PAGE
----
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Women’s Pairs Also Decided by “BridgeMate Top”

Bridge Winners has learned that in addition to the scoring error in the Open Pairs Championship in Wroclaw that may have affected the final standings, another obvious error affected the outcome of the Women’s Pairs:

On this deal, from the first session of the Women’s Pairs finals, the normal result was E/W playing in spades, taking 10 or 11 tricks. At table 34, the result was misscored as N/S declaring 3 and taking 11 tricks, on the lead of the A (a card held by North). N/S scored a top (16/16 MP) instead of the proper result of 13 MP.  Although the difference was only 3 MP in N/S’s favor, N/S went on to win the event by less than that margin.

To their credit, both the N/S and E/W pairs attempted to get the score corrected the following morning. The directors did not change the score, because section 24.1 of the WBF’s COC did not allow a change: “An agreed-upon score that is proven to be erroneous to the complete satisfaction of the Head Tournament Director may be corrected up to thirty minutes after the posting of scores at the end of play on each day. Only the results of boards played that day are subject to correction.” Compare this to the language of the ACBL’s COC: “For director errors, the correction period expires 24 hours after the completion of the event or 30 minutes after completion of the last event of the tournament, whichever is earlier. The DIC in consultation with the ACBL Senior Director of Bridge, however, may in unusual circumstances elect to make a correction of a director error at a later time.” (emphasis added)

Multiple sources reported that it was logistically difficult for the players to submit corrections within the official time window. Only individual pair results were available between sessions —  not results for the field — so it was not feasible to check other pairs’ results. Some of the sessions only had a 15-20 minute break before the next session, and there was reportedly often a mob of players trying to get their individual results from a limited number of (working) printers. Even finishing early wouldn’t help because then the scores for the last round wouldn’t be in. Players could only print out results at the venue for the most recent session, so if they missed getting their results for a session they would have to wait for the official results at the end of the day to check their scores. Given these limitations, it does not seem reasonable to impose tight restrictions on when scoring corrections could be made.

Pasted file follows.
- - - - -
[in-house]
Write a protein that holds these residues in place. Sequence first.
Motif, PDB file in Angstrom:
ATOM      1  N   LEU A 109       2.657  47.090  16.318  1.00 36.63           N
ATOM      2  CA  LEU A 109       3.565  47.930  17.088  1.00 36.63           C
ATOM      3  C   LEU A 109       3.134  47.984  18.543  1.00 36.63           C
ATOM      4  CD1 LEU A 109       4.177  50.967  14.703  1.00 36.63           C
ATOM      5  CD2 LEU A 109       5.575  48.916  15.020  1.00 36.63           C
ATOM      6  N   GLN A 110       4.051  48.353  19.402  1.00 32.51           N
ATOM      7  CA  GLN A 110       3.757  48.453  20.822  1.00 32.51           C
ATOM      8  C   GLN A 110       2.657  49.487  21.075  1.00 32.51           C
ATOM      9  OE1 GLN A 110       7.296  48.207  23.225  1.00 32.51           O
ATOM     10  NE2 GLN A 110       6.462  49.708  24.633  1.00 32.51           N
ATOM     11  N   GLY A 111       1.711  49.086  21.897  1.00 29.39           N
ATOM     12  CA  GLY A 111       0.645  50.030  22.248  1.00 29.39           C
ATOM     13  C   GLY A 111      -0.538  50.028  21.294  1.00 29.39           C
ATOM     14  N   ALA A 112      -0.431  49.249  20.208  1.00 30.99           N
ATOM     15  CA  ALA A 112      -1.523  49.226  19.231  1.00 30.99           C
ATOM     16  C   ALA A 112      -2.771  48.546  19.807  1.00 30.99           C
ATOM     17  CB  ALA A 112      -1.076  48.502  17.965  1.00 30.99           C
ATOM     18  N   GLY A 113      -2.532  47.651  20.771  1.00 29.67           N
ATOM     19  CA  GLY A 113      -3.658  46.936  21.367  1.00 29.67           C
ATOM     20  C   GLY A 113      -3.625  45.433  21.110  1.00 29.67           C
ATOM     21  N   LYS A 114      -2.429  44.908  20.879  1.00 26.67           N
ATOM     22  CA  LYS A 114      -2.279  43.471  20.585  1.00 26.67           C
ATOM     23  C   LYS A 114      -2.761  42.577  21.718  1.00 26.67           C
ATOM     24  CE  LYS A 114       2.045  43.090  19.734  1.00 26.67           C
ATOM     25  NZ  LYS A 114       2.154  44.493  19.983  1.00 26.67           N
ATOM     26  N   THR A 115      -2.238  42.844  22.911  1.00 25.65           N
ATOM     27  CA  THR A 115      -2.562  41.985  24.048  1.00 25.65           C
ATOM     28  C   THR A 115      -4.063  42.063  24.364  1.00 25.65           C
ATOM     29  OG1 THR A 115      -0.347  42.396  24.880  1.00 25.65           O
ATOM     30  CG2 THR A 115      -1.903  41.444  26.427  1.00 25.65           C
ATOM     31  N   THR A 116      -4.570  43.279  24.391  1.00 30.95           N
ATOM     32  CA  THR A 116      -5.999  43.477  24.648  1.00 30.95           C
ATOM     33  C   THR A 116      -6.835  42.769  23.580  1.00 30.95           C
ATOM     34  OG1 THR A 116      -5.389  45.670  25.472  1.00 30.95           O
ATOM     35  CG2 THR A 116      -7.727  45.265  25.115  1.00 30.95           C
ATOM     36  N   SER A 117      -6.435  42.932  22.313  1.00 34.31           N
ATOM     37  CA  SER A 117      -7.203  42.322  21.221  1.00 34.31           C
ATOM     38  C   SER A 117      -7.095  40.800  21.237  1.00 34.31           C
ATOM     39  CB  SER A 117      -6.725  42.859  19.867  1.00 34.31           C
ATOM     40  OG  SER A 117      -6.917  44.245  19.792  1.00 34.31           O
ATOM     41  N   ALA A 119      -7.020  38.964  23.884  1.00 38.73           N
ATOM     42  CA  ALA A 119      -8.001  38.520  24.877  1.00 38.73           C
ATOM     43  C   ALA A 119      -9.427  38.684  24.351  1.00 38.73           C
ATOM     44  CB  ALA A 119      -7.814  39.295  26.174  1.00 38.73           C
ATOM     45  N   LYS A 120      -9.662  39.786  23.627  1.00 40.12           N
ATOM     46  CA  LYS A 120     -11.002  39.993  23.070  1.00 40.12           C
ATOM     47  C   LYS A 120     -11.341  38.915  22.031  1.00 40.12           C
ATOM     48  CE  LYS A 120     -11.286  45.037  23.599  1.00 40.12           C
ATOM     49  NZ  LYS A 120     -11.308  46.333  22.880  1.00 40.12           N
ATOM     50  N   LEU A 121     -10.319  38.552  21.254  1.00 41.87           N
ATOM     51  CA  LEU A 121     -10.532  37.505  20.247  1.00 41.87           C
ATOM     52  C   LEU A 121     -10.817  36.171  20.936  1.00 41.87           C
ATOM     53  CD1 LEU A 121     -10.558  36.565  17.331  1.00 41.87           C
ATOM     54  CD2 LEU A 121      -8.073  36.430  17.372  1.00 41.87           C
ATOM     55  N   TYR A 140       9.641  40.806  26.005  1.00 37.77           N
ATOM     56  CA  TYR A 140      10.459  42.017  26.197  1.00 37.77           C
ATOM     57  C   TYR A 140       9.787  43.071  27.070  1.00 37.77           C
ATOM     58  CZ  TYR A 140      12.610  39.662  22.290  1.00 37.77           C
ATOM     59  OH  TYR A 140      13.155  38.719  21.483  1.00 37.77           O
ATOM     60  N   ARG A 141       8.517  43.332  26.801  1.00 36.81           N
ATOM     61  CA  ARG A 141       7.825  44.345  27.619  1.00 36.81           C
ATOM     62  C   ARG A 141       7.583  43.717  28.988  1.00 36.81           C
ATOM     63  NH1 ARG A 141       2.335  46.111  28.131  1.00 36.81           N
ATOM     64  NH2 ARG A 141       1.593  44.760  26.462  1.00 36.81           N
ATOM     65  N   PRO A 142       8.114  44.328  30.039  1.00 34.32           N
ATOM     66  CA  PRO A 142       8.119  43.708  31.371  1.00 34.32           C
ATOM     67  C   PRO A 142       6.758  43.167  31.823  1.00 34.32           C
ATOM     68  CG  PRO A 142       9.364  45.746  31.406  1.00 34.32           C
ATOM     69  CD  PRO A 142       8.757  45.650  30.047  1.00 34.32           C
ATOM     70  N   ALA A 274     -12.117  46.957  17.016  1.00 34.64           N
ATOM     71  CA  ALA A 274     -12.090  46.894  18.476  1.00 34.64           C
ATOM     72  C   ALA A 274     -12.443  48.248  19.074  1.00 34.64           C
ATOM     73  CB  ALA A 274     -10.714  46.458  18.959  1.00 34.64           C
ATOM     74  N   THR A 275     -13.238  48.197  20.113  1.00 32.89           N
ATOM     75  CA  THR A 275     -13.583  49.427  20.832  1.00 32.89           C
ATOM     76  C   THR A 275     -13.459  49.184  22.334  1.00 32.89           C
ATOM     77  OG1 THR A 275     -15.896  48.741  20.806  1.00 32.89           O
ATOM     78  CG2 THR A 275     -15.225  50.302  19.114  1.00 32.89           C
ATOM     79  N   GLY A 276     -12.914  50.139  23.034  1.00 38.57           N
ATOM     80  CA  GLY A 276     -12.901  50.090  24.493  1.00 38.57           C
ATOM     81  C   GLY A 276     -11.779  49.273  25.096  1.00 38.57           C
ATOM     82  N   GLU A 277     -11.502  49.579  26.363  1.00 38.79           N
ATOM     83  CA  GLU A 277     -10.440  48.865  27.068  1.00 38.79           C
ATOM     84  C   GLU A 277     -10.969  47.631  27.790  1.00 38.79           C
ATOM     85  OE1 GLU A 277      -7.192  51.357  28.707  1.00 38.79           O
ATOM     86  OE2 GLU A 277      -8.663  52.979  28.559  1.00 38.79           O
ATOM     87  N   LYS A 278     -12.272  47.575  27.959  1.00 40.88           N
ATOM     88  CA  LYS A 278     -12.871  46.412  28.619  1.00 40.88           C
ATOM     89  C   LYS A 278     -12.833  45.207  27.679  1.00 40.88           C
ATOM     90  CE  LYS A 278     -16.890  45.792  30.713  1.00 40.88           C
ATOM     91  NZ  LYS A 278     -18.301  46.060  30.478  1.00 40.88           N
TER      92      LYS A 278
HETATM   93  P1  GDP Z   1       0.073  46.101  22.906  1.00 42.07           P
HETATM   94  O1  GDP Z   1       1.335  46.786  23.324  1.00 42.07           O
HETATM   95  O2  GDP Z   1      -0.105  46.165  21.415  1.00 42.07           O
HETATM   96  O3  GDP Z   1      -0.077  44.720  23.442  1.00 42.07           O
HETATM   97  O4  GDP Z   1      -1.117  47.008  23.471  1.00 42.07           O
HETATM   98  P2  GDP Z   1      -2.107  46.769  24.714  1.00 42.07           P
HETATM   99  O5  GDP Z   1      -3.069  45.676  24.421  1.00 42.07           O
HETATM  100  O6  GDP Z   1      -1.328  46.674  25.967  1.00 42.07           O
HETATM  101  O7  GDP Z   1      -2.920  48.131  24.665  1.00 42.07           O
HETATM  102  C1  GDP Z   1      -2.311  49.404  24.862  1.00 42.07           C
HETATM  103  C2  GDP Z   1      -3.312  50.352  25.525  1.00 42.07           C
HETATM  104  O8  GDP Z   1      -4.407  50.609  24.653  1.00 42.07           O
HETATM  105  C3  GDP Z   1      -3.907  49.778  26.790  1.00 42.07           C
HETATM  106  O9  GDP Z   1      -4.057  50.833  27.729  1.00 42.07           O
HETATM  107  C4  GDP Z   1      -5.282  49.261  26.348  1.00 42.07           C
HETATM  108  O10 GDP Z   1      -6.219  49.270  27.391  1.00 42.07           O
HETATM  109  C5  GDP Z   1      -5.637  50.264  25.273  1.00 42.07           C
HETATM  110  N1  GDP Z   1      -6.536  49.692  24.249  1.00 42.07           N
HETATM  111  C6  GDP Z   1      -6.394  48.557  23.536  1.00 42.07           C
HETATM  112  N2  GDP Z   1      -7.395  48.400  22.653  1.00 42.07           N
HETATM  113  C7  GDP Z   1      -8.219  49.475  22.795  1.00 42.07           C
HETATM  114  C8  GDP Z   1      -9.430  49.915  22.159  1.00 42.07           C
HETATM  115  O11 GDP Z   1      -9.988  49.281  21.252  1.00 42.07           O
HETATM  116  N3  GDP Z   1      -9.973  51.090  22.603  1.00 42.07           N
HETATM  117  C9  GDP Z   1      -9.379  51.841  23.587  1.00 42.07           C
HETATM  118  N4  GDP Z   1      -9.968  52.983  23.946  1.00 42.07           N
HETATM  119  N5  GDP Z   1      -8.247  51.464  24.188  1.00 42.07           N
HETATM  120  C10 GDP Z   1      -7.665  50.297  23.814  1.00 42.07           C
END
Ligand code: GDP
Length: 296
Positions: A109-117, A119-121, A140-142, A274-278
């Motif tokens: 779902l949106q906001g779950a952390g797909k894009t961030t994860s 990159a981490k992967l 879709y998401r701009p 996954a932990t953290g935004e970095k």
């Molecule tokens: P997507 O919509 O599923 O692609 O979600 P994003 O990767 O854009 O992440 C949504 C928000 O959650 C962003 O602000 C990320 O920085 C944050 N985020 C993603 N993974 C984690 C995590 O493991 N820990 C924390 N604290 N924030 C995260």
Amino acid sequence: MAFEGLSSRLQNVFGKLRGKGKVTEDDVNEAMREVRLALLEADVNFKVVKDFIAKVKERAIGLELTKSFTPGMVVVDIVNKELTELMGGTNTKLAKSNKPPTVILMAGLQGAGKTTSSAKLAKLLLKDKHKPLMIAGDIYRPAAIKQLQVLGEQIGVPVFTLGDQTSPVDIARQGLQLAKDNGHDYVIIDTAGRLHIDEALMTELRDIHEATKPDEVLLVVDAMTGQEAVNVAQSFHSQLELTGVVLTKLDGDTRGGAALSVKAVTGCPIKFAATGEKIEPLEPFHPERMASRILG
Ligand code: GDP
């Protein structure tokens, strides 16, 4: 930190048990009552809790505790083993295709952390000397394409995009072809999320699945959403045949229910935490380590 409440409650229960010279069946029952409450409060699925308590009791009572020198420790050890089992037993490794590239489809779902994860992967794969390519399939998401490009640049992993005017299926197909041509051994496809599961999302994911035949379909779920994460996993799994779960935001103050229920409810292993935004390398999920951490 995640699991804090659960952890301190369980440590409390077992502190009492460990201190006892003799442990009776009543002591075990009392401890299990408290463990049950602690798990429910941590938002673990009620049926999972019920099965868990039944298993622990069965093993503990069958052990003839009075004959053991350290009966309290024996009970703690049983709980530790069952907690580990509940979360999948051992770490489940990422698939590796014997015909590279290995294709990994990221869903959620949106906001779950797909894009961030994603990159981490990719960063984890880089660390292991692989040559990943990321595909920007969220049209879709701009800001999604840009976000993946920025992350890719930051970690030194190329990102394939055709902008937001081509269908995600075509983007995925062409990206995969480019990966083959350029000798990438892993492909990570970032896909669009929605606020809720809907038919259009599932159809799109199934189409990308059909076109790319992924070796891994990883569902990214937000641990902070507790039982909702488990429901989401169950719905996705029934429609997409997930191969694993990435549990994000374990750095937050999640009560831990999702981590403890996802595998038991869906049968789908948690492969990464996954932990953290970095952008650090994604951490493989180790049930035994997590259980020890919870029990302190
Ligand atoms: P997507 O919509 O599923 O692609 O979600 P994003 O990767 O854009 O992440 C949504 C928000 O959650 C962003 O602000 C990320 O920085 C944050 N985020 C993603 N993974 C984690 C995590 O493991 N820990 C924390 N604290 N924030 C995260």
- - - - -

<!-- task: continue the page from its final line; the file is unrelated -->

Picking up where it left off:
There is obviously a serious problem here that needs to be addressed. The accuracy of reported results needs to be verified. This cannot be the responsibility of the players. There is no rule requiring players to check official scores after a session, nor should there be. If such a rule were to be implemented, tournaments would have to adjust their procedures and rules to make it practical: full-field results would need to be available in a timely and easy-to-read manner, the process of reporting scoring errors would need to be simplified (preferably electronically alongside the results), and the window for reporting and fixing scoring errors would need to be widened substantially.

As things stand now, the responsibility and blame fall squarely on the shoulders of the tournament organizers: they should have both a technical solution (scoring software should easily detect errors of this type) and a manual double-check. (At the very least a policy such as manually checking all 100% scores would have caught these two errors.) We have been told that the software was expected to catch these sorts of errors and that official scorers were on duty every round responsible for checking the scores. Obviously both of these systems failed. According to Michael Gromoeller, the chief scorer says all scores were checked, but excused the error in session 7 based on an aberration due to issues with BBO vugraph. Multiple egregious errors like these invalidate excuses about one-off errors due to special circumstances.

Without sufficient systems to detect errors and reasonable means for players to check scores and report errors, imposing tight time limits for scoring corrections is absurd. Since the overriding goal must be getting the scores right, providing ample time and opportunity to check the scores and report errors is essential. We would like to see justice served in the events from Wroclaw, with an official checking all scores, fixing any errors, and crowning the correct champions. More important is solving this issue going forward: improving the technological and human checks on results, giving players sufficient time and access to the results to check them, simplifying the process of reporting scoring errors with an online option, and amending Conditions of Contest to extend the reporting period to a reasonable time (we would suggest at least 24 hours).

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